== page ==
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For  yacht charter in Antigua  
we can offer you a wide range of selected sailing boats from 36-52'' foot and a small selection of the catamarans as well as custom built performance yachts and crewed motor yachts including Sunseeker's Manhattan 74.

Whether you prefer to charter a sailing yacht, custom built performance yacht or a catamaran - on a bareboat, skippered or even fully crewed basis with distinguished service, LdnB Global Yacht Charter will offer you a wide range of selections for enjoying the Antigua and Barbuda islands at your leisure.....

Minimum crew requirements for bareboat charter:  
An e
xperienced skipper

Click below for:

Catamarans in Antigua
Sailing Yachts in Antigua
  Click here for Antigua's Jolly Harbour  

About Antigua and Barbuda:
Where is Antigua !? -

These two islands  are located between the Caribbean Sea and the North Atlantic Ocean, east-southeast of Puerto Rico.  Antigua (pronounced An-tee'ga) and Barbuda are located in the Leeward Islands in the Eastern Caribbean, roughly 17 degrees North of the equator. Located to the south are Montserrat and Guadaloupe, and to the North and West are Nevis, St. Kitts, St. Barts, and St. Martin.
Antigua, the largest of the British Leeward Islands, is about 14 miles long and 11 miles wide, encompassing 108 square miles. Its highest point is Boggy Peak (1319 ft.), located in the southwestern corner of the island.
Barbuda, with an area of 68 square miles, lies approximately 30 miles due north. The island is 15 miles long and 8 miles wide, mostly very rocky and flat. Much of the island is covered in bush and there are unmarked roads and tracks to the beaches. There is really only one main road on the island. It is possible to cycle almost as easily as driving as speed is of no importance here. See maps below...


About Antigua Sailing area

Antigua itself is one of the major yachting centers in the Caribbean, it has a rich history and in the 18th century, the famous Nelson's Dockyard, English Harbour, was the base of the British Fleet in the West Indies. The island has beautiful beaches, deeply indented bays and has perfect sailing conditions year-round. Barbuda the sister island to the north is a low flat island with miles and miles of near-deserted sandy beaches.

Going south from Antigua takes you on another fascinating tour. First stop is Guadeloupe, the main island in the French West Indies and shaped like the wings of a butterfly. The west is a high, forested island with stunning waterfalls and rain forest walks; the eastern mass is a countryside of rolling hills with sugar cane and picturesque ruined windmills. A few miles south, les Iles des Saintes is an irresistible group of islands, more French than the French themselves with mountains climbing to 1,000ft and numerous white sand beaches.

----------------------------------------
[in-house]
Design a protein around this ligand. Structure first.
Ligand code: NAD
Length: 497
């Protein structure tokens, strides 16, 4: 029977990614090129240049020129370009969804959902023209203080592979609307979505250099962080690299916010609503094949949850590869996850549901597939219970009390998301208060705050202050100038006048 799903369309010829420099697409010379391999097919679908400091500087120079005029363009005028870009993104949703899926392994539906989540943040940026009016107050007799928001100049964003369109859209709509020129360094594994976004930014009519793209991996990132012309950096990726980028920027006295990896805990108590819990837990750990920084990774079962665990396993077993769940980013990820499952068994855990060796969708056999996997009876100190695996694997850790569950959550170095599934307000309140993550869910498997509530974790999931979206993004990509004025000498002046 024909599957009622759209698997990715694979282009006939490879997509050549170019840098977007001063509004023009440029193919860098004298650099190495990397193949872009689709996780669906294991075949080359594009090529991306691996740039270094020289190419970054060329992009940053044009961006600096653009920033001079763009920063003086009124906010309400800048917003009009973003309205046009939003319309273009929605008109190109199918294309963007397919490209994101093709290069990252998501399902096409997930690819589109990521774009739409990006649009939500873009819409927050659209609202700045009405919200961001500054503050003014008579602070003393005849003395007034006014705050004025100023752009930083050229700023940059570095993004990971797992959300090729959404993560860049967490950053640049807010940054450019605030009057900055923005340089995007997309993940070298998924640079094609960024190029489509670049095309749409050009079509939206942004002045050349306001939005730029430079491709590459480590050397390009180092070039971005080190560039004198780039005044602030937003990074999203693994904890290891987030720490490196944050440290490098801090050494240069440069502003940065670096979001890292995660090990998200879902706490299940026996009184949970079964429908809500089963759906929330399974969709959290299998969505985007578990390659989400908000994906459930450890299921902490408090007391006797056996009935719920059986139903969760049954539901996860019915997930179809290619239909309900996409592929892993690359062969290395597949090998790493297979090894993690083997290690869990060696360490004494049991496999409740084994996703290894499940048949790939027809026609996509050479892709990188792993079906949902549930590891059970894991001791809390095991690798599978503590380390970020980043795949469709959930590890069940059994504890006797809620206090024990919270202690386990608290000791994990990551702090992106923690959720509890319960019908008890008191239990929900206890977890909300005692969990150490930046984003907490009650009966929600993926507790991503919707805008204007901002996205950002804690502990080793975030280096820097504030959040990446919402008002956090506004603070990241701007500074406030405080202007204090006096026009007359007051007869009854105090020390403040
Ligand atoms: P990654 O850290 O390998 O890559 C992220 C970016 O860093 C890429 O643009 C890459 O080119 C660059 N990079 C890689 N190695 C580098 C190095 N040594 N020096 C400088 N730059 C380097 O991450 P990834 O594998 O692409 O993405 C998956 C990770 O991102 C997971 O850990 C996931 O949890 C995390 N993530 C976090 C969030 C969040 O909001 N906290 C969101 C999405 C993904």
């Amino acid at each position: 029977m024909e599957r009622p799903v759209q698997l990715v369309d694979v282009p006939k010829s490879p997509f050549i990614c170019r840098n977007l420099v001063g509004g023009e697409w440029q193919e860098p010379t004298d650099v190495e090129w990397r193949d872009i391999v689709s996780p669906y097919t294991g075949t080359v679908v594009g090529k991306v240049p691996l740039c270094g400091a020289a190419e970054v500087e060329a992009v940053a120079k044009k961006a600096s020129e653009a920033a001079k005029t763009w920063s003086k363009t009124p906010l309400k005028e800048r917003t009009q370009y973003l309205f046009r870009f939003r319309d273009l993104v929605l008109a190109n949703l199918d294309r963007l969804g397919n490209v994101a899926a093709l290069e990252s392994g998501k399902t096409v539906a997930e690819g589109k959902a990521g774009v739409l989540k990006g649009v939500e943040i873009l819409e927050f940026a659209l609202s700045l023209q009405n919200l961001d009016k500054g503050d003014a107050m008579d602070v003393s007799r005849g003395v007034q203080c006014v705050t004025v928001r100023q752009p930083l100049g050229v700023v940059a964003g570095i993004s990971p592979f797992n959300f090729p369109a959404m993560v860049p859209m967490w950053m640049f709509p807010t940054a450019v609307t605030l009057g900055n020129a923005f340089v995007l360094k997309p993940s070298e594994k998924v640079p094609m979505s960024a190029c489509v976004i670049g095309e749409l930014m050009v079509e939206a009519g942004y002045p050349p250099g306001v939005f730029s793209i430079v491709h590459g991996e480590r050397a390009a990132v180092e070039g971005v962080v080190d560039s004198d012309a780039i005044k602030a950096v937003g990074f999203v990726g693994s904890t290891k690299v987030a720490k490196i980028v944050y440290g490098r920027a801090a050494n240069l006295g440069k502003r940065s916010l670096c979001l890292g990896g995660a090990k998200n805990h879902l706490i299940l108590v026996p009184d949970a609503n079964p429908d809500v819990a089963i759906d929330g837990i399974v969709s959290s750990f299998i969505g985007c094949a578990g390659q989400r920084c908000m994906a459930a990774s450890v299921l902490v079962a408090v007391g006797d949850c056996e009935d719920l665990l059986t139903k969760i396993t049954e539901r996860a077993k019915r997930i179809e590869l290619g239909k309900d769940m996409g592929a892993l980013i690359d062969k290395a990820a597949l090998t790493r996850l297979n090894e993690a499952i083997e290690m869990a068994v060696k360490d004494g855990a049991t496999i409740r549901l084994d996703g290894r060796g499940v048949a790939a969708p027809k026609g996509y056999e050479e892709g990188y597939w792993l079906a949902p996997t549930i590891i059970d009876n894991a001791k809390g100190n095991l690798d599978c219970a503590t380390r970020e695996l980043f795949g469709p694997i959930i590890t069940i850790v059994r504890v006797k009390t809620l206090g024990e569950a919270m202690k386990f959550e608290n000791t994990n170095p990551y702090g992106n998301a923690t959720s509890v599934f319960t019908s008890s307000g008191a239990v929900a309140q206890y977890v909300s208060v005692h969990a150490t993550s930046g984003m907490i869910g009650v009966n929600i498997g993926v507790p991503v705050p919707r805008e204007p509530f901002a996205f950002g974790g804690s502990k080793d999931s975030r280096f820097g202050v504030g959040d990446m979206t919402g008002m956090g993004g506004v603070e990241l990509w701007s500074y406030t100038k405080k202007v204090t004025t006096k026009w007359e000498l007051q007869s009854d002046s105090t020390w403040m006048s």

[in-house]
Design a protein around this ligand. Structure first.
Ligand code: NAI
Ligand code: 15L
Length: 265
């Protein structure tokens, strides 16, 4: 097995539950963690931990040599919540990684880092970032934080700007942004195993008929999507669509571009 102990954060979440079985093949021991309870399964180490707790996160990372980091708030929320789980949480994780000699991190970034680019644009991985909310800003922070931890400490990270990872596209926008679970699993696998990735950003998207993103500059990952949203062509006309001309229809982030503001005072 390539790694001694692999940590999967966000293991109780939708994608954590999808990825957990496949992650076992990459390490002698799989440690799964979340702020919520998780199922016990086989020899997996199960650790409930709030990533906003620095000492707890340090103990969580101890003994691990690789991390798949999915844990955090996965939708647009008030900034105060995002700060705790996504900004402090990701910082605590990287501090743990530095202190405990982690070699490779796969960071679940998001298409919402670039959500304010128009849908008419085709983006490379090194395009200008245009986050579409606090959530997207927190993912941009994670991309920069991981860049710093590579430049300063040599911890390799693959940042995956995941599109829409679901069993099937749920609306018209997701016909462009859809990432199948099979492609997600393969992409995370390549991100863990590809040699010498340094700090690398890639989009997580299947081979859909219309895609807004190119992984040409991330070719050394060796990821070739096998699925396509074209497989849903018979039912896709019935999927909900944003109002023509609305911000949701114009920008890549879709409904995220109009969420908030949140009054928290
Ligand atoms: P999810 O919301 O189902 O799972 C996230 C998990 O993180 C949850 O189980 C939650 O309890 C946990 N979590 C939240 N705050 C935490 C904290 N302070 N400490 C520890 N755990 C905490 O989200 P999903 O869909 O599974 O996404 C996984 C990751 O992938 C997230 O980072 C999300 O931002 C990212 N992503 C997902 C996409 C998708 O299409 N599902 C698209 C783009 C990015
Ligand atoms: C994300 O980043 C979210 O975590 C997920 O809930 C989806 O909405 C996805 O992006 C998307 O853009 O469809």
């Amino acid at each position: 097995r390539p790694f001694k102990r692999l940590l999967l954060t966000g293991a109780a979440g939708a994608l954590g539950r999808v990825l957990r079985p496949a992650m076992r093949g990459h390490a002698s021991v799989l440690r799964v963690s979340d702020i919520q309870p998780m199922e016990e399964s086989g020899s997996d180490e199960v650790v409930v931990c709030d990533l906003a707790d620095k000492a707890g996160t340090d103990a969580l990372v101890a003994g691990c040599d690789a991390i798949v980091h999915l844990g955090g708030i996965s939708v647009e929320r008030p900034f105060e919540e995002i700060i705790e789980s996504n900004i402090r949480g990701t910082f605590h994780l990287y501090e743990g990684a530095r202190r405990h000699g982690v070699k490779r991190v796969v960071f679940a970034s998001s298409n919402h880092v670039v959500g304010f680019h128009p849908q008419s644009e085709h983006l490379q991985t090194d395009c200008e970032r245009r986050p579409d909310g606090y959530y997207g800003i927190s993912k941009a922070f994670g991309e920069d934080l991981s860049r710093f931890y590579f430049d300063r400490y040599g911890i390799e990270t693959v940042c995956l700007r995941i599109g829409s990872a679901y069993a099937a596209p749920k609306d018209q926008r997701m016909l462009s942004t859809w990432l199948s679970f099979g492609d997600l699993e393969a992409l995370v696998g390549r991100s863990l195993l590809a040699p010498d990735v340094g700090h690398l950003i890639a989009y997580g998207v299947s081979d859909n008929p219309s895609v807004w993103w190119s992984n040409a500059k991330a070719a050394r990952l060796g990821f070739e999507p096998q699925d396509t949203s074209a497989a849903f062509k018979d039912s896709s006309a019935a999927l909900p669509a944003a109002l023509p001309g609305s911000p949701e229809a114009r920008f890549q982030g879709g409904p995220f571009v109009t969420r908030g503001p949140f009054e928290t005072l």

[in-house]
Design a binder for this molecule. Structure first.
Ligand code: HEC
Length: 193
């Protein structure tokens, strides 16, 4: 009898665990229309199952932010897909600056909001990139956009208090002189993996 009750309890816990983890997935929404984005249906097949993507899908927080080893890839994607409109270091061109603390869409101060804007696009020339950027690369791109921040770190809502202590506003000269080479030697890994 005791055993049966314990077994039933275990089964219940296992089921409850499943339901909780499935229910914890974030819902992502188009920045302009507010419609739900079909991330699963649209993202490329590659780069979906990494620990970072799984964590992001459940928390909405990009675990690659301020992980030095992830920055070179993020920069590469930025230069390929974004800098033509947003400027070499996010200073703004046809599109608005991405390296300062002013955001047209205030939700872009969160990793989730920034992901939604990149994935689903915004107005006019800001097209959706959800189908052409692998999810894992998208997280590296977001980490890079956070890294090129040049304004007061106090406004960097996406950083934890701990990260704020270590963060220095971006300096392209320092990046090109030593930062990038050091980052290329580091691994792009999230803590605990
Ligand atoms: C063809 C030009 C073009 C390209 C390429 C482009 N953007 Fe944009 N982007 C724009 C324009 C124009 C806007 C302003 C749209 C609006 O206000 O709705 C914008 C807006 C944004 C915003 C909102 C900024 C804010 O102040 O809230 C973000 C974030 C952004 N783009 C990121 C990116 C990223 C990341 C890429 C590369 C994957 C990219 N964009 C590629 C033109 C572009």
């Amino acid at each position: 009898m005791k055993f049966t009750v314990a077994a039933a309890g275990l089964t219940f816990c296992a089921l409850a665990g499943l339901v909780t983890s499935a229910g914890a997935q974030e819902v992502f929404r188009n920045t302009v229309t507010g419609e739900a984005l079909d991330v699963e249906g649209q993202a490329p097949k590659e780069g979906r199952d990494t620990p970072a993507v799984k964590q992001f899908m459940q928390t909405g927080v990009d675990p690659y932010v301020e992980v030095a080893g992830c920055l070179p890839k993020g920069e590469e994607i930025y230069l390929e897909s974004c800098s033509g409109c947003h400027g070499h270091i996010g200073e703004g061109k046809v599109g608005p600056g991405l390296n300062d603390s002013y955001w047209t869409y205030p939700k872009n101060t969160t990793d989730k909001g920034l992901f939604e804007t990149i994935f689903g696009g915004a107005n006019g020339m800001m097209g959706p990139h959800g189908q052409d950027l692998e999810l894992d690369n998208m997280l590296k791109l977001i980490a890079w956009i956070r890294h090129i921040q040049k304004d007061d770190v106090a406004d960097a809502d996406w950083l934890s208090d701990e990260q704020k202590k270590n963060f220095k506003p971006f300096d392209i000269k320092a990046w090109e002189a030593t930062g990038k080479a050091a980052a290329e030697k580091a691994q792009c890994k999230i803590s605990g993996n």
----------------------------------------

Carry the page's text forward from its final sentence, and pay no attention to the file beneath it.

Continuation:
Then Dominica, an awe-inspiring mountain with deep valleys, dramatic gorges and waterfalls and pinnacles. This lush green island has an abundance of tropical birds, butterflies, fruit trees and brightly coloured flowers.

Heading first west from Antigua is St Kitts and Nevis, another twin island nation, these outstandingly beautiful island retain much character of the sugar plantation days although many of the plantation houses have been converted to small luxury hotels, while Brimstone Hill on St Kitts has a wonderful old, strategically located fort, a lasting monument to the old enmity between the British and French. 

Next in the chain going north is St Eustatia (Statia), a small island with a big history was once the trade capital of the West Indies. This sleepy island offers peace and tranquility and many pretty walks. 

Saba, a mere five square mile rock which reaches a lofty 3,000ft, offers scuba diving rated as some of the best in the Caribbean and an isolated island character that is spotlessly clean, villages of white-washed red roofed cottages and cobblestone streets built by descendents of Dutch, Scottish and British settlers. Nevis, St Kitts, Saba and Statia are all volcanic islands often with cloud-topped peaks and for the most part they are surrounded by deep water.

Next, St Barthelemy or St Bart's as it's often known, once owned by the Swedes and sold to France in 1878 is now a fashionable sailing destination and has become the Riviera of the Caribbean.

Anguilla is a low island surrounded by spectacular pristine white sand beaches and banks of coral.

St Martin divided across the middle is part French, part Dutch and one of the best known holiday destinations in the Caribbean, a duty free island, shopping is big business here. St Martin also has excellent international air connections and is a convenient dropping off point for charter guests.



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